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The Renault Arkana is a high-flying little two-door supermini. It’s what I would describe as “exceptionally great-looking” even from behind the wheel.
And it’s certainly a looker in the office parking space. This is a rival for the Nissan Pulsar and of course the Nissan Qashqai. However, there’s an additional reason why this hatchback is so good-looking. It is fitted with the famous Alpine magic slot in the bonnet.
If you’re a caddish sort, then this iconically arctic-looking design theme is the perfect opportunity to splash out on a dosh account, of course. But in the context of this car, it’s probably more relevant.
The front and rear are both relatively low, which means that a driving position that can only be described as slight is achieved by the use of 20-inch alloy wheels rather than wiggly plastic compound tyres.
The honeycomb front grille is anything but ‘goofy’ or ‘fishmonger’, as some say, and that means the arctic styling owes more to the savage nature of nature than the kitsch usually associated with that style.
Despite possessing all the attributes of the above mentioned supermini, the Renault Arkana is also capable of the occasional mega sports drive. It has everything and the kitchen sink to make it more than just another circa 2005 hatchback.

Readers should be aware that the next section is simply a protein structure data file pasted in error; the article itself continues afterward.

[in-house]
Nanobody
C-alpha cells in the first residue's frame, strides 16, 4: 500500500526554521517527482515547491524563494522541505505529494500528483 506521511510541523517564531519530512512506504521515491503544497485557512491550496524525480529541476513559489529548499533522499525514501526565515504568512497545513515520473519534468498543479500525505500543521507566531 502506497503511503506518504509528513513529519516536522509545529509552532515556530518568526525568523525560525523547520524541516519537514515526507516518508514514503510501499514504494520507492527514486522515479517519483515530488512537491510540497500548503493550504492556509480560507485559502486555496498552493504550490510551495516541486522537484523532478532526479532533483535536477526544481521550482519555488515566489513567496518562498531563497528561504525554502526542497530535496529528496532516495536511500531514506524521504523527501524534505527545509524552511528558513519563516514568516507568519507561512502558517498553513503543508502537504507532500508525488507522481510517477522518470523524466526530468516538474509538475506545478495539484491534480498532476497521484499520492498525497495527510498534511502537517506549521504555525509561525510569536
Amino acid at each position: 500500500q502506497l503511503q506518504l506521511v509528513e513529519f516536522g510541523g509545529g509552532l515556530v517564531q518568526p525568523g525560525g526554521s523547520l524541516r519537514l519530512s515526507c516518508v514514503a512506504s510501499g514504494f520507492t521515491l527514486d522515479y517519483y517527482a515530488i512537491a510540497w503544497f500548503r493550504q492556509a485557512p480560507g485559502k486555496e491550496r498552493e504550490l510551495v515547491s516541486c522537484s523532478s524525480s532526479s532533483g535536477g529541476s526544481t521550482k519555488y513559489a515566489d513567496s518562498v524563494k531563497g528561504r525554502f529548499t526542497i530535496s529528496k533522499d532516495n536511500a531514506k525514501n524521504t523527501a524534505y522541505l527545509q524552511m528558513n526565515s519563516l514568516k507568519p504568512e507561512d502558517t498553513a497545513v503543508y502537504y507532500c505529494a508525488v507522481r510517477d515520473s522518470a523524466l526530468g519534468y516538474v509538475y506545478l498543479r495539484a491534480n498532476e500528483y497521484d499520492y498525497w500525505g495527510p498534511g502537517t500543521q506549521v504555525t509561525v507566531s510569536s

The low centre of gravity and reworked engine and gearbox configuration make it feel easy to drive at the back, with low flat-track is excellent. There’s a compliant suspension with excellent road-holding and a neat shift point behind the steering wheel, but it’s the light steering and rear-wheel drive, which appear to be designed specifically for a supermini, which is the key factor.
At the top-end, the Arkana has a bit of a ‘stop’ button in the front, which has an annoying glow in the engine bay in the absence of any exhaust. This minor feature is clearly aimed at spoiling your satisfaction. It feels like a minor irritation and shouldn’t be there.
Boot space is a respectable 88 litres (with the rear seats folded), which is made possible by that two-fold tailgate and the low, steeply-angled door line.
There’s not a great deal of character and personality to this car – in terms of style and charisma. But it would be nonsense to suggest it doesn’t achieve a reasonable degree of everyday real-world effectiveness.
Less flamboyant than its rivals and with a seriously low centre of gravity, it is still a highly manoeuvrable little hatchback.